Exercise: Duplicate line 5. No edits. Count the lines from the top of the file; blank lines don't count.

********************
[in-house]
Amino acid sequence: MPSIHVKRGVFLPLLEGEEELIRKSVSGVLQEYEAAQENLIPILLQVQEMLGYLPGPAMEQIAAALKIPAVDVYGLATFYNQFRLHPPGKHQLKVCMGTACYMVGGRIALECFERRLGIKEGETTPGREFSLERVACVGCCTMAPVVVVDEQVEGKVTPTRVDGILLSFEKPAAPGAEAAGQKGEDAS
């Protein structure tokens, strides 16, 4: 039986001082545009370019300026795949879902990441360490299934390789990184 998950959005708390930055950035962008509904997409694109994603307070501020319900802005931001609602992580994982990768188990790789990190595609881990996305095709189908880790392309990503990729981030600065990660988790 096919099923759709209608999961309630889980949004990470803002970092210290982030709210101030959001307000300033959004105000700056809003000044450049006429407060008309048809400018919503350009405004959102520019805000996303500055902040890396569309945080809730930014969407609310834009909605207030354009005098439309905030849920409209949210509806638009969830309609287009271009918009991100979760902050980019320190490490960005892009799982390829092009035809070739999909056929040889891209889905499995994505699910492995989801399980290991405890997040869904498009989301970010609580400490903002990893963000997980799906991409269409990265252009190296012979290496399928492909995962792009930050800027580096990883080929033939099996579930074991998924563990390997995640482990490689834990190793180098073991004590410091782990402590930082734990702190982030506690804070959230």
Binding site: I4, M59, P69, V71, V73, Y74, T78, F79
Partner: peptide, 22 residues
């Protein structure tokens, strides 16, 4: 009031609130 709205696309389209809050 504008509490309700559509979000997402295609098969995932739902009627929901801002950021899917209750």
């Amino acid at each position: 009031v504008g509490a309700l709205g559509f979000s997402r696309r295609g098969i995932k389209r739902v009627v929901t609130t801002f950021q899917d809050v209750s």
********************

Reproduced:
Partner: peptide, 22 residues